Carriers Resume Air Operations, But Delays Persist

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Major package and cargo carriers were back in the air delivering Thursday, but insiders said it will take days to get packages, high-priority mail and other air cargo moving at full speed.


Though all carriers expect service to return to normal shortly, most will rely on trucks to deliver air cargo in some cases, especially where airports have not reopened. In addition, carriers that offer service guarantees are suspending them.


All carriers said it is too early to gauge the effect of the disruptions.


FedEx Express, a subsidiary of FedEx Corp., resumed air operations within the United States on Thursday, launching nearly 60 aircraft from the FedEx airport hub in Memphis, TN, en route to Seattle. About 100 more planes were expected to deliver packages by end of day Friday.


"We expect flight operations to run very smoothly tonight, with many of our 640 aircraft returning to the sky," David J. Bronczek, CEO/president of FedEx Express, said Thursday. "The sorting of packages and flight launches are going very well, and we will be working around the clock to get up to full speed."


Bronczek said that for cities still under federal flying restrictions, "we continue to serve our customers through our contingency plans that were implemented recently." FedEx, Memphis, transports about 3.2 million of its daily volume of 4.7 million packages by air.


FedEx networks in Asia, Europe and Latin America continue to operate. FedEx Express has been approved to resume intercontinental flights between the United States and Asia and Europe.


FedEx also resumed hauling Priority Mail and Express Mail shipments for the U.S. Postal Service just before noon Thursday.


United Parcel Service of America Inc., Atlanta, also said it restored its U.S. air operations and has delivered all Next Day Air packages affected by the events of the past week. UPS flies about 2 million units of its daily volume of 13.2 million.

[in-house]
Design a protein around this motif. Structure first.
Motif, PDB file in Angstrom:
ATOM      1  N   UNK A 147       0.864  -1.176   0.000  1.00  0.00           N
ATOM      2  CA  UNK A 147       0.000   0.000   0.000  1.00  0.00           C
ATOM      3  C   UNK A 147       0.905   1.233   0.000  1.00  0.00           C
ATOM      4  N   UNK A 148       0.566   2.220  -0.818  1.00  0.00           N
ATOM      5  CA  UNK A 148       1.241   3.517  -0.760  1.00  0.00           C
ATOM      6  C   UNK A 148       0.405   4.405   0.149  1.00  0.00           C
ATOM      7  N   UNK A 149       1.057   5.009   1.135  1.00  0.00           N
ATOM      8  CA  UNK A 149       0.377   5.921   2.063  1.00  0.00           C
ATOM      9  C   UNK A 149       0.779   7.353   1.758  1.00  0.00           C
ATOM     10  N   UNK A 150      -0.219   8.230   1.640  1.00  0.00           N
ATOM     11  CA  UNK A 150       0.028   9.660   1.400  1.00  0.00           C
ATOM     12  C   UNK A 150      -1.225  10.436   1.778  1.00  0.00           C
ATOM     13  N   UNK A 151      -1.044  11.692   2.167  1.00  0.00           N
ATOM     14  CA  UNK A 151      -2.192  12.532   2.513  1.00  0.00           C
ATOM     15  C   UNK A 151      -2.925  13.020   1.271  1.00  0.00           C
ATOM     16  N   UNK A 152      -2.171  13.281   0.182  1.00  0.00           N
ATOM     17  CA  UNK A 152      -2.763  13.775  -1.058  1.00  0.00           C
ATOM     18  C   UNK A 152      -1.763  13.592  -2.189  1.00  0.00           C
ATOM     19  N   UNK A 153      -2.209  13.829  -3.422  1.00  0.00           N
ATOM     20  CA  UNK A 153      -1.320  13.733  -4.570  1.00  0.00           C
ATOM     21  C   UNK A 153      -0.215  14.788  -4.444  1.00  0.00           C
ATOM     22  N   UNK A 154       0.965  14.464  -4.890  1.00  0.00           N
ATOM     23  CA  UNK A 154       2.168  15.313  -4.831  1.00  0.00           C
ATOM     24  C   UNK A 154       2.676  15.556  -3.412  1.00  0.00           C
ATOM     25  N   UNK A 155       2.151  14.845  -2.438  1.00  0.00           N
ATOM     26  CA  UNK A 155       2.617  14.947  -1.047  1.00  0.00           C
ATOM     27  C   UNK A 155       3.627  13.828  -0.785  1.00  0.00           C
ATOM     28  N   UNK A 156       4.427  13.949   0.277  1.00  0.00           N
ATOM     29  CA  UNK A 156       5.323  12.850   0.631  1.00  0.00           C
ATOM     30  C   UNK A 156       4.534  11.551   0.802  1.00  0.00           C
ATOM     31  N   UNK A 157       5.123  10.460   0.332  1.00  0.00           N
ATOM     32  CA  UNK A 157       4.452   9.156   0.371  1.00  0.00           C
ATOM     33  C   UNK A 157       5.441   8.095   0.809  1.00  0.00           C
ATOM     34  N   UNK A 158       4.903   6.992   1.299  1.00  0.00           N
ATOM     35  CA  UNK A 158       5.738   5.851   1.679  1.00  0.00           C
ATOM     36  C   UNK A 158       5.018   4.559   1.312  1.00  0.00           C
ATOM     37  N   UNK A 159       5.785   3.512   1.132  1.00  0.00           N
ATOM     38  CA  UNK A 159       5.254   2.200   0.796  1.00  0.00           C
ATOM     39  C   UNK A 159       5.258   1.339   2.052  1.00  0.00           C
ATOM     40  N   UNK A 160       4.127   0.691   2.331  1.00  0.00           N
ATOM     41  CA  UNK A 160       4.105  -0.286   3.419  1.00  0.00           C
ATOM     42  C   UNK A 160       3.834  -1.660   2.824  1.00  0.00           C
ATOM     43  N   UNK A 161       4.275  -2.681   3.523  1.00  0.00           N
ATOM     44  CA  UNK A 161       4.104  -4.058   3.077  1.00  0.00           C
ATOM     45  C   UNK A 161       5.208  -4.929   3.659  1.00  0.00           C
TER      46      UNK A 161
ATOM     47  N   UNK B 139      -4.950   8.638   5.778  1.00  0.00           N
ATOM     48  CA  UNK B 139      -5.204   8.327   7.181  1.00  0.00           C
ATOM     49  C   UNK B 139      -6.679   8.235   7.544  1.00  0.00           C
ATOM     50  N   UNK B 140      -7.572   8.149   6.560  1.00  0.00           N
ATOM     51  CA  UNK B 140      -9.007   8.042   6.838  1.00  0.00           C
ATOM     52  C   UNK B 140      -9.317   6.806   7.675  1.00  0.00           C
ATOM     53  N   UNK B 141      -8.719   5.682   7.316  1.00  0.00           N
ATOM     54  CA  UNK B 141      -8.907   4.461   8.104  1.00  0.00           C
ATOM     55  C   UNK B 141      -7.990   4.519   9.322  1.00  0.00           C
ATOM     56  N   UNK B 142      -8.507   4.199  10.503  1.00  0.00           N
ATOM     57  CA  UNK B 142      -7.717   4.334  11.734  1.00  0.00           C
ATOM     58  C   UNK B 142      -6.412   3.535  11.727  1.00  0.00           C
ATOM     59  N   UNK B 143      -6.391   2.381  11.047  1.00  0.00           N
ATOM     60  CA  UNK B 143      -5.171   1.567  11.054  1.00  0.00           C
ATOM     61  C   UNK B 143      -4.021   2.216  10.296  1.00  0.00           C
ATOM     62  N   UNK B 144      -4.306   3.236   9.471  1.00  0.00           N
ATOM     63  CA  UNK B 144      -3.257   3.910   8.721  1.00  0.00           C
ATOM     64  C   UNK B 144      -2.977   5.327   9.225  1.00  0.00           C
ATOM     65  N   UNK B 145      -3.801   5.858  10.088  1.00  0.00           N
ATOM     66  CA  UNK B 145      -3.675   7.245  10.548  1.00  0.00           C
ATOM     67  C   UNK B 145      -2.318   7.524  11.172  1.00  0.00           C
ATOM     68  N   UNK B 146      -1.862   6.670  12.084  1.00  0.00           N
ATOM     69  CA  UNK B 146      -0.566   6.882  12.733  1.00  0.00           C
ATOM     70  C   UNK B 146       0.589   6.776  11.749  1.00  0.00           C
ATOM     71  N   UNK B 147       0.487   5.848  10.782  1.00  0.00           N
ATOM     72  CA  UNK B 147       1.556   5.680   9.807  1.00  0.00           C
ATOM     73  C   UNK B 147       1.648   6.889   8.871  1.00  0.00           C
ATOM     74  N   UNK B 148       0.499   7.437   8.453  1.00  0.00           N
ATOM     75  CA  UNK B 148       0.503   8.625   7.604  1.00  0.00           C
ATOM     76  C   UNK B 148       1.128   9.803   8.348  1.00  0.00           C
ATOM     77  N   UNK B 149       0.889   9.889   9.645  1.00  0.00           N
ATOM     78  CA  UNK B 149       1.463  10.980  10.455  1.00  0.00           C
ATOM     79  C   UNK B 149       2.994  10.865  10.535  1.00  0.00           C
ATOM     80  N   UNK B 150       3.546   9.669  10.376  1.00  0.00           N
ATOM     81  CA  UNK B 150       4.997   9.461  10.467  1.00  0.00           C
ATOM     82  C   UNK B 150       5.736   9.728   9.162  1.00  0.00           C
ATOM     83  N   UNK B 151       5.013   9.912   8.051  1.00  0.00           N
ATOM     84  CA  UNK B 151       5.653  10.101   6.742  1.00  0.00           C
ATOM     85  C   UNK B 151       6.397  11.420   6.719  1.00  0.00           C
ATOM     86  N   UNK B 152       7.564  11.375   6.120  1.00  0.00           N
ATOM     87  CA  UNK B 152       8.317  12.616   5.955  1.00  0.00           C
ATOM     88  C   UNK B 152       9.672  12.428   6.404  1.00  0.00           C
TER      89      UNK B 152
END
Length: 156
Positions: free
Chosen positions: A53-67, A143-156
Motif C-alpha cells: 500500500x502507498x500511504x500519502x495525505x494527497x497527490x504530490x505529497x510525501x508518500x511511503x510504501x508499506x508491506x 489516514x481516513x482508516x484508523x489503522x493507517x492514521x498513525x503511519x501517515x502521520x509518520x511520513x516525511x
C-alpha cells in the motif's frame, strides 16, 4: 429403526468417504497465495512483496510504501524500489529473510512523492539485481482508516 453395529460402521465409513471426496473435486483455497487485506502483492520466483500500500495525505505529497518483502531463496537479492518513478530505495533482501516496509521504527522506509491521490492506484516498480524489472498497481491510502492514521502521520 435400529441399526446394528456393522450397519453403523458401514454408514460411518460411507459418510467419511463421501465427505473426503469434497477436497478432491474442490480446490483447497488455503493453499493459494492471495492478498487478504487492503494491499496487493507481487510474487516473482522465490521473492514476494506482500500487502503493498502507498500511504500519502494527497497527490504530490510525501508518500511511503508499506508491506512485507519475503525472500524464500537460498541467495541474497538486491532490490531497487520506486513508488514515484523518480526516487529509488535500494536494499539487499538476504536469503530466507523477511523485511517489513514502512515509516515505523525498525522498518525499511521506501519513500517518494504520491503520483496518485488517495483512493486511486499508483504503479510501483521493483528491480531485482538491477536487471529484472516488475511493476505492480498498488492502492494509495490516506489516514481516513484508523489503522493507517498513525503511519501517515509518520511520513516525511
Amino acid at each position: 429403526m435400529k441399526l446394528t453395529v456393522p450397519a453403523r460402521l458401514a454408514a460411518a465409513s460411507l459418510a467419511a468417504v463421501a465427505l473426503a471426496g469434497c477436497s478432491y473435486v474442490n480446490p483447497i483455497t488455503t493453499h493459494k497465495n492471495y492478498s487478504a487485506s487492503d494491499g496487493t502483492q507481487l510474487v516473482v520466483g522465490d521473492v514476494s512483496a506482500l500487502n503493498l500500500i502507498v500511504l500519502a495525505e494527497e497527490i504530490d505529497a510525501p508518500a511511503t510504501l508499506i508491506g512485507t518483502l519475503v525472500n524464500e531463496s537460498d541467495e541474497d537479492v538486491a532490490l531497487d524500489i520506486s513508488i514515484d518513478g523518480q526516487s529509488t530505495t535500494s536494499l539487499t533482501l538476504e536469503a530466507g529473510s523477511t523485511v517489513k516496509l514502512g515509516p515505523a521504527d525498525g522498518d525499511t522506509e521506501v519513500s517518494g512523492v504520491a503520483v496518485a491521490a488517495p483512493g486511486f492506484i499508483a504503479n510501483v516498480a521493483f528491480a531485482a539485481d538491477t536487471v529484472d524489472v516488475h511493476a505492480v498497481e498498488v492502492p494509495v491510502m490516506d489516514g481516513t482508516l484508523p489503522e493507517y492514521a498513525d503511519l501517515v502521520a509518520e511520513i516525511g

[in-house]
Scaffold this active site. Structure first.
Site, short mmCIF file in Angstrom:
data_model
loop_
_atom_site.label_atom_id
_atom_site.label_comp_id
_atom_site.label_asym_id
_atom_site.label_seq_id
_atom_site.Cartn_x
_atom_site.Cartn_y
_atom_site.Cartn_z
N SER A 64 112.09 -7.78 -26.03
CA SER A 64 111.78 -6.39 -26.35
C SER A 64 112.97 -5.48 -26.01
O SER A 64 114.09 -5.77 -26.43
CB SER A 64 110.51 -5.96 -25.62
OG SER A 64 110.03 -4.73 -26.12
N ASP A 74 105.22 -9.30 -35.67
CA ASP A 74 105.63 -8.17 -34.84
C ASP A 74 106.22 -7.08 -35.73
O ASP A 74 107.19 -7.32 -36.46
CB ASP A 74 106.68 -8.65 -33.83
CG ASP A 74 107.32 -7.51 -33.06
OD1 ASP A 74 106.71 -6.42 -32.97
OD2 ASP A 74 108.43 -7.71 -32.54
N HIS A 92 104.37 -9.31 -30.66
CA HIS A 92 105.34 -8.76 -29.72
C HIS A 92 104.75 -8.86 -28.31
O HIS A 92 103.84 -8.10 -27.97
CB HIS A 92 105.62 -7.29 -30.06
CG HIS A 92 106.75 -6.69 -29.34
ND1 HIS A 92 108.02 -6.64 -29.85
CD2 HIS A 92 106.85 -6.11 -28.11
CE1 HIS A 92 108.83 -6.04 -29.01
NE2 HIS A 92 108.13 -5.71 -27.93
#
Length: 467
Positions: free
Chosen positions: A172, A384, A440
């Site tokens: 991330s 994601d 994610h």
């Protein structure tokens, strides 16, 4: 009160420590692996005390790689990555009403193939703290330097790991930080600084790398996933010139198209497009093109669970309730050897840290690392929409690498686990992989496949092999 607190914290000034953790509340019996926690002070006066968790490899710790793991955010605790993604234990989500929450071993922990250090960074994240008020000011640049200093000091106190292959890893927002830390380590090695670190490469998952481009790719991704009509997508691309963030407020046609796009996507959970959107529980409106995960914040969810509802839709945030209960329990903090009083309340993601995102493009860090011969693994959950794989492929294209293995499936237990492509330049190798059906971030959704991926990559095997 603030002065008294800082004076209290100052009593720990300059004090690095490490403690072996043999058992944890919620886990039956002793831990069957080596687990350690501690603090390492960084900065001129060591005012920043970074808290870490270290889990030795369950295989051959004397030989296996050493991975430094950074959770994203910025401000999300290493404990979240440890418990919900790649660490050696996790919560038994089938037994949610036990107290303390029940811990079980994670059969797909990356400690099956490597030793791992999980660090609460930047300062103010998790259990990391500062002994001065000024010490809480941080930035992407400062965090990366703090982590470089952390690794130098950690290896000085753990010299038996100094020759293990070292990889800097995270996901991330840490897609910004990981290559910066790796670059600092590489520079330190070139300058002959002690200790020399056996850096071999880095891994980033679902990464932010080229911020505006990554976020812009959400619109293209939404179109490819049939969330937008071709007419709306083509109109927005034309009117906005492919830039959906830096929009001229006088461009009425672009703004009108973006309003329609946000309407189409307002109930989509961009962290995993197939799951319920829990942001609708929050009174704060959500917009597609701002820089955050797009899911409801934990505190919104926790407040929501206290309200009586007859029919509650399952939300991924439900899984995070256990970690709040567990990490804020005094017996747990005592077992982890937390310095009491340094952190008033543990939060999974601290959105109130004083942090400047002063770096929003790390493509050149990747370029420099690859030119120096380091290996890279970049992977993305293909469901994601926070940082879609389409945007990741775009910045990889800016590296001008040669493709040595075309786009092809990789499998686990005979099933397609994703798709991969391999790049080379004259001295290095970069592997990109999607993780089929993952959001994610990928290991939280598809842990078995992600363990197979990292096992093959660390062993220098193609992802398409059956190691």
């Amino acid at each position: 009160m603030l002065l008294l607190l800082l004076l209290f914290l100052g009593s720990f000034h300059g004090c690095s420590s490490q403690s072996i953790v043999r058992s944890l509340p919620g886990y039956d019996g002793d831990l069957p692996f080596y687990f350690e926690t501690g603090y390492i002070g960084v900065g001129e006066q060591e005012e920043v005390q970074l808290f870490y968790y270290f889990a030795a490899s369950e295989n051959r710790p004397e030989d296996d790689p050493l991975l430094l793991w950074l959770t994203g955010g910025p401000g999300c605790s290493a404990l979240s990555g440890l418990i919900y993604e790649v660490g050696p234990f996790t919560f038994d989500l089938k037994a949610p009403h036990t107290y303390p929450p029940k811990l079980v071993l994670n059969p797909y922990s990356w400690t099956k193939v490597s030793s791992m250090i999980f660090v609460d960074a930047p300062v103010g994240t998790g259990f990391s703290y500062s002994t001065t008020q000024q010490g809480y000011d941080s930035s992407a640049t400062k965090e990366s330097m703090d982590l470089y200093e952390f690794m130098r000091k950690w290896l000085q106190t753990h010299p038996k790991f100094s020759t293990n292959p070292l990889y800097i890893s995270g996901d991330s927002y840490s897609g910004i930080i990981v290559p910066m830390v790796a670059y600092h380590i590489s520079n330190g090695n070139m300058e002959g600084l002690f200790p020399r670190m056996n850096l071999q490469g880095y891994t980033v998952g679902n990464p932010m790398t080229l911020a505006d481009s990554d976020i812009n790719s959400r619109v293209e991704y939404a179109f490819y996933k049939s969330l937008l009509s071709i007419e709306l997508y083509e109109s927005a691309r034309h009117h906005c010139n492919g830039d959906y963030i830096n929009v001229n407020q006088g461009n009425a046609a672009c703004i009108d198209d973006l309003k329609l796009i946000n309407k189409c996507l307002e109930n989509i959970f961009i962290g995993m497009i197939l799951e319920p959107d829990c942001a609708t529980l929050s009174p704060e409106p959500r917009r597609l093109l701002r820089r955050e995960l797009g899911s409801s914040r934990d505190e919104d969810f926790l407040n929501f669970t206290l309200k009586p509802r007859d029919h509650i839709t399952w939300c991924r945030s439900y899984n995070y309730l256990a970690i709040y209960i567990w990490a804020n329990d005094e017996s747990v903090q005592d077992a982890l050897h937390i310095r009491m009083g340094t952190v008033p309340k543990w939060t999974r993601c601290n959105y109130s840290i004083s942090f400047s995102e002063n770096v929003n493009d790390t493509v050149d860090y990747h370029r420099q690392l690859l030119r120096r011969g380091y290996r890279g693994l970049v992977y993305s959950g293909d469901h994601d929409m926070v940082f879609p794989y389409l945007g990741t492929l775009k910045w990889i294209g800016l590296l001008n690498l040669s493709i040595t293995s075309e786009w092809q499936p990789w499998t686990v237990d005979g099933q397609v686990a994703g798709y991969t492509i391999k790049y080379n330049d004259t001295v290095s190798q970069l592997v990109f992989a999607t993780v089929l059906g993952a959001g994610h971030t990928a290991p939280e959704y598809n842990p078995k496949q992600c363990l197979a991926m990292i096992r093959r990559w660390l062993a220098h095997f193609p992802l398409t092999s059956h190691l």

UPS said its air fleet operated at almost full capability Thursday night and Friday morning, with only four of its U.S. airport gateways closed. The four were New York's JFK Airport, Newark, Boston and Columbia, S.C. Service was maintained to those areas through UPS' ground network. Columbia, Newark and JFK have since reopened.


UPS said it planned additional flights over the weekend to restore service to international customers. The company was able to fly between the United States and Europe on Thursday, but not to and from Asia or Latin America. As of Friday morning, service had been restored to and from Asia. Service to and from Latin America is being restored as individual airports complete their reviews. Service to Canada was never disrupted because of the extensive ground network UPS operates to and from that country.


Emery Worldwide, the heavyweight cargo transportation subsidiary of CNF Inc., resumed limited air operations Thursday night and expected to operate its normal schedule by Friday night. DHL Airways resumed air operations Thursday and said it anticipates normal operations by Monday except for Boston, New York and Washington. Airborne Express's air operations also resumed Thursday, and since then have been delivering in areas not directly affected by the crisis.


The cargo business of passenger airlines, however, could take much longer to recover. Currently, passenger airlines may accept freight but aren't allowed to move it in their planes as a result of new security measures from the Federal Aviation Administration. Some airline officials expect the ban to last for a week or two, forcing some businesses to use trucks or steer their shipments to all-cargo airlines.


The USPS, which relies on airlines to move about 25 percent of all U.S. mail, said it plans to continue using trucks and trains to move the mail still grounded. However, once the FAA allows commercial flights to resume and carry mail, the Postal Service will work to move more mail by air.


In addition, the agency RE opened several post offices in downtown Manhattan on Friday.


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